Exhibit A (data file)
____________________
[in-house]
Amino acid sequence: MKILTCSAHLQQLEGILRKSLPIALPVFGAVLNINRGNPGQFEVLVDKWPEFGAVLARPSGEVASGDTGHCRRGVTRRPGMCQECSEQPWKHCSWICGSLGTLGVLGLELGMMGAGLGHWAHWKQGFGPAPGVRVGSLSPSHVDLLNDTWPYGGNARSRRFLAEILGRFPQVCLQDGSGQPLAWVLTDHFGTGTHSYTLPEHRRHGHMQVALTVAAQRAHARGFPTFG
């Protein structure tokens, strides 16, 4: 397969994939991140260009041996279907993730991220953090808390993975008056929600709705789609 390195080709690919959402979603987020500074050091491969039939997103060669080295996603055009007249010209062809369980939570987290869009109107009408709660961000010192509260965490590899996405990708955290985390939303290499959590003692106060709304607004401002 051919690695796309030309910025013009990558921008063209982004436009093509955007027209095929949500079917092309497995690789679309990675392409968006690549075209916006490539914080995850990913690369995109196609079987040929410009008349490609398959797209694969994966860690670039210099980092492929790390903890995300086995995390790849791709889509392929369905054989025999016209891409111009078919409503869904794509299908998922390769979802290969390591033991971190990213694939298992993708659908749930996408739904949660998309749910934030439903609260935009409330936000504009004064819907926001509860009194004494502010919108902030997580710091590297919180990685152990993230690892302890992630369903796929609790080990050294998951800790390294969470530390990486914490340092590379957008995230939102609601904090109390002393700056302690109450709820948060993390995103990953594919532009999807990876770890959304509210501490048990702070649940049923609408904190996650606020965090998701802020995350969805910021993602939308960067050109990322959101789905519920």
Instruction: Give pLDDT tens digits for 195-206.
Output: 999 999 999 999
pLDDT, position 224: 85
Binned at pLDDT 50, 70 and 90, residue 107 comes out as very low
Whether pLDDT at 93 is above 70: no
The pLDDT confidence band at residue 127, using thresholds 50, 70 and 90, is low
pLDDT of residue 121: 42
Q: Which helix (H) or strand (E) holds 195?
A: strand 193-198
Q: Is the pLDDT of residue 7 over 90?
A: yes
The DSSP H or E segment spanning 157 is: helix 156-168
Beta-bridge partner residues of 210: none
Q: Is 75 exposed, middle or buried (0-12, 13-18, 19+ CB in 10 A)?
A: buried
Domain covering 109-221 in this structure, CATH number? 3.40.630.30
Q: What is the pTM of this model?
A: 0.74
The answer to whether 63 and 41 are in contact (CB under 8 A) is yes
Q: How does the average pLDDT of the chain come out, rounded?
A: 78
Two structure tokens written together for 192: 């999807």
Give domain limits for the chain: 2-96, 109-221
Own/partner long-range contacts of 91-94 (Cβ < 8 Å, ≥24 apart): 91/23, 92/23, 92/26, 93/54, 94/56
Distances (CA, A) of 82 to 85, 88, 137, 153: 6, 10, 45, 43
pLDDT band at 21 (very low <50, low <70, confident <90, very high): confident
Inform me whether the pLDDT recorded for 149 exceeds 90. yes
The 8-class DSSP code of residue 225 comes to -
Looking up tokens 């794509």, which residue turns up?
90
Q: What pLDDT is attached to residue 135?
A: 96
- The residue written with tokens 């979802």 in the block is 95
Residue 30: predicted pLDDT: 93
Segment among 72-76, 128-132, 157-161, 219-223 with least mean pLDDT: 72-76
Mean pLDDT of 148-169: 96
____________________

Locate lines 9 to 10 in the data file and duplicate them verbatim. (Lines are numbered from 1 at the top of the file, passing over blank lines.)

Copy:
The pLDDT confidence band at residue 127, using thresholds 50, 70 and 90, is low
pLDDT of residue 121: 42